Periodically, over a few weeks’ time, Parade Magazine has published responses of young people to the question, “Do you believe in God?” Much of the thinking has been quite superficial and insubstantial, whether the person believed or disbelieved. The truly disturbing thing about many of the responses is that created beings seem to think they have the right to sit in judgment on the Creator.
Consider what an 18-year-old girl from Riverdale, New Jersey, writes. “I was taught that God was the Almighty and was good, but the past few months have set me straight. There is no God. At least not the God everyone is talking about. If He/She was real, then there wouldn’t be so much disease, death, hurt and heartbreak in the world.
In December, one of my friends lost her mother. In January, a friend was killed on his way to school. In April, a friend of the family lost his long battle with AIDS. And in May, one of my best friends also lost her mother. What God would do this to anyone? None that I know of or believe in.” [This scathing denunciation of God appeared on page 23 of the October 15th, 1995, issue.]
What an outburst of unrighteous indignation! Her philosophy of God may be summarized as follows: 1) God does not run the world the way I think He/She should; 2) Therefore, God does not exist. How arrogant for one merely eighteen years of age to think that she has disproved God’s existence based on so few observations. Those who have watched their loved ones be killed in Nazi death camps (with much greater reason to doubt God’s benevolence) have emerged with a strong faith in God while she has barely become acquainted with life’s tragedies.
She is obviously even less acquainted with the Word of God, to which one goes to find reality and truth. A study of some fundamental matters might be of some help to those who feel as this young girl does. Some crucial doctrines follow.
God Is AlmightyThe Scriptures affirm this truth in a number of passages, but it is the inference some draw from this fact that is erroneous. Many think that since God is Almighty, He will control everything that happens, but such is not the case–yet. When God created man, He gave us “free will.” We may choose to obey or disobey Him. If we choose the latter option, many evil things will result. Suppose, despite all of the warnings against the dangers of drinking and driving someone goes ahead and does so. If he loses control of the vehicle and crashes into a tree and is killed, whose fault is it? If God prohibits harm, there is no free will; if He allows free will, tragedies will abound. God does not stop people from bearing the consequences of their actions.
God Is GoodGod created a perfect world in which man could dwell, but we exercised our free will in a negative way and allowed sin to enter Paradise. Man could not be man without this possibility. We either must be robots, programmed to always do right, or we can enjoy freedom (recognizing that such a privilege means we bear the consequences of our actions). Unfortunately, when a person chooses to sin, innocent people usually suffer, also. The drinking driver, for example, may not simply hit a tree and kill himself; he may suddenly swerve across the center line and kill a family of innocent people. Does God cease to be good because He does not intervene in the natural course of daily events?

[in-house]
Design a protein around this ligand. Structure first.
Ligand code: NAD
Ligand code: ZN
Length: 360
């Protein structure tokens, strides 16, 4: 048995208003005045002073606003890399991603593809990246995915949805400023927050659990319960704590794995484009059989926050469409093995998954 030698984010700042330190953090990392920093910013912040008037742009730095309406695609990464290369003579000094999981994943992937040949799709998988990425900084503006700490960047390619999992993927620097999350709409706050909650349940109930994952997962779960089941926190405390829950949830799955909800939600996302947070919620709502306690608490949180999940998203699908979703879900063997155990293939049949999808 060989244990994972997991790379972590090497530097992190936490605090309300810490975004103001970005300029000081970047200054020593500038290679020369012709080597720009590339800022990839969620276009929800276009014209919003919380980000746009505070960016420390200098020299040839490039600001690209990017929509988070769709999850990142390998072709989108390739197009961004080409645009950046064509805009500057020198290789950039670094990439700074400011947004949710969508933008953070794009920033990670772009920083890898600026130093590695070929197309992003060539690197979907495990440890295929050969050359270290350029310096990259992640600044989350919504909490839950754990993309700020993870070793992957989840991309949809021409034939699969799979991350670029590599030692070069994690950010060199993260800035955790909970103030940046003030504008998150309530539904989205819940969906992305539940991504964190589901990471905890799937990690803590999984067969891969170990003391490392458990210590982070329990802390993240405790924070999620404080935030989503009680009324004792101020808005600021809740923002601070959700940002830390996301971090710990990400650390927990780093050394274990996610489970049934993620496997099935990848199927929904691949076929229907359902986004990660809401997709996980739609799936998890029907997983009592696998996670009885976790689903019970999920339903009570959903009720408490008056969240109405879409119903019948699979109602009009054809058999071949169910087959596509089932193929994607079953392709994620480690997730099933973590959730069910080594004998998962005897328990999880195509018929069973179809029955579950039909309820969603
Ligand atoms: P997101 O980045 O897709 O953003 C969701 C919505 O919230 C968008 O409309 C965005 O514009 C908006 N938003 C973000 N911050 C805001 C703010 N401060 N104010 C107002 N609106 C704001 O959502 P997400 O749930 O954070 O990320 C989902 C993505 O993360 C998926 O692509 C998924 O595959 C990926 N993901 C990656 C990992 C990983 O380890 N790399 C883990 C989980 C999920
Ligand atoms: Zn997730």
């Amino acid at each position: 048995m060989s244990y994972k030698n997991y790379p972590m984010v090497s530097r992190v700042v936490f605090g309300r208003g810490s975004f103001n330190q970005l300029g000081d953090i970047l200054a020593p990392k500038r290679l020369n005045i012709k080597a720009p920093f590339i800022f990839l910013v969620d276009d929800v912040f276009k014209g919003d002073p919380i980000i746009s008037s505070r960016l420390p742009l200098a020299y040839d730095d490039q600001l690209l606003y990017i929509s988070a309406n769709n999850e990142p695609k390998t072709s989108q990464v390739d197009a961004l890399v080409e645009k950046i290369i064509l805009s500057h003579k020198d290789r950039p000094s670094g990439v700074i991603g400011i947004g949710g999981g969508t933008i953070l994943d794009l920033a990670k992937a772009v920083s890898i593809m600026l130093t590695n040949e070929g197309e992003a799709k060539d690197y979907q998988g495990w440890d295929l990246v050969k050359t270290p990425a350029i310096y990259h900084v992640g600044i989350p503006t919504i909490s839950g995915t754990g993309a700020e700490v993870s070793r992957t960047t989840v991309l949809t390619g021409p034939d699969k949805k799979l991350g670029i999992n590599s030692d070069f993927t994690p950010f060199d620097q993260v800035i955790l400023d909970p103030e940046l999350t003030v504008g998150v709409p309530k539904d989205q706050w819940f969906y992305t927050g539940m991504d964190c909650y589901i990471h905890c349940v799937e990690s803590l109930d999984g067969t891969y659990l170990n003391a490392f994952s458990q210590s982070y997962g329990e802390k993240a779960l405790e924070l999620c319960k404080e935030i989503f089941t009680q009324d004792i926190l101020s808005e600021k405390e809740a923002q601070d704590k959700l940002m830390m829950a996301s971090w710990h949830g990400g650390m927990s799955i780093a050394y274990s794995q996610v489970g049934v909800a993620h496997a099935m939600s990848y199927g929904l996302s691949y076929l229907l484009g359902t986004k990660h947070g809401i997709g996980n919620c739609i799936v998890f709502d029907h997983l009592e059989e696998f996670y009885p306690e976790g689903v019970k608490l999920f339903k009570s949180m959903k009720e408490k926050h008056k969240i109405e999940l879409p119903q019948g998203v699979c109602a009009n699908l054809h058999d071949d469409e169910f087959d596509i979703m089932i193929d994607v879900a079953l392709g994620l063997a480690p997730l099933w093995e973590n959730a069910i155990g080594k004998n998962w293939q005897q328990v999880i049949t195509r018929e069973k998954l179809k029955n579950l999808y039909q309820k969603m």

Certainly, we are tempted to think so–especially if the victims were our family. But God cannot be blamed for man’s decisions. The person who acted irresponsibly is the one who is at fault. God is doubly good in that He not only created us–He recreates all who obey the gospel. He allowed Jesus to die on the cross for our sins so that we could be redeemed from the consequences of our own actions. Accepting the salvation He offers through repentance and baptism (Acts 2:38) enables us to triumph even over death.
Why Disease?God’s gender, despite the feminist influence, is not a mystery. The student of the Bible realizes that God is not He/She, but He. We pray to “our Father” (Matt. 6:9). The female respondent needs to spend some time in the Book to learn about the One she apparently hates so much.
Why do disease, death, hurt, and heartbreak dominate this world? There is an answer for each of these things–SIN!! God did not sin; man sins. Because we have chosen to disregard God’s commandments and principles, all these things plague us. Why does AIDS exist, for example? Did it come about by mankind being morally pure? No, it developed because of man’s perversions of sex–the practice of bestiality, homosexuality, fornication, and adultery. All of these are denied in the Holy Scriptures as violations of God’s holy law, but mankind has repeatedly rejected these teachings because he would rather satisfy unlawful lusts. As is usually the case with sin, innocent people have suffered for a no more sinister reason than that they needed a blood transfusion (through which they contacted the AIDS virus). But most contracted and suffer from AIDS because they chose to disregard the warnings, just as cigarette smokers indulge themselves–although they are fully aware of the suffering they will one day face.
Man’s dilemma is that he wants to sin without facing the consequences of his actions. “Be not deceived; God is not mocked: for whatsoever a man soweth, that shall he also reap. For he that soweth to his flesh shall of the flesh reap corruption; but he that soweth to his Spirit shall of the Spirit reap life everlasting” (Gal. 6:7-8). We tell children that fire burns. If they choose to handle it, they will suffer for their poor judgment. God likewise warns against what will burn us spiritually. If we choose to ignore the truth, does that make God evil?
“What God Would Do This To Anyone?”This statement is biased enough to be laughable. The youth who wrote it apparently pictures God as a capricious individual who takes delight in finding unsuspecting souls to inflict with pain. God is a God of comfort (2 Cor. 1:3-4) and a help (Ps. 46:1). Satan is the adversary (Job 1-2). No reason is assigned for the loss of either friend’s mother, nor is it explained why a student was killed on the way to school. But without knowing the details, there can be no doubt that the cause was sin. Somewhere Satan is laughing at all the hurt which people experience; he probably doubles over and rolls in the aisles when mankind then tries to pin the blame on God instead of him and themselves. Do we mistakenly think that if everything always went well, everyone would love and serve God? What happened in the garden of Eden disproves that faulty notion. Many live tragedy-free lives and do not believe in God. Why not concentrate on the things that God has done for us and ask ourselves, “Why has God done all this for me?”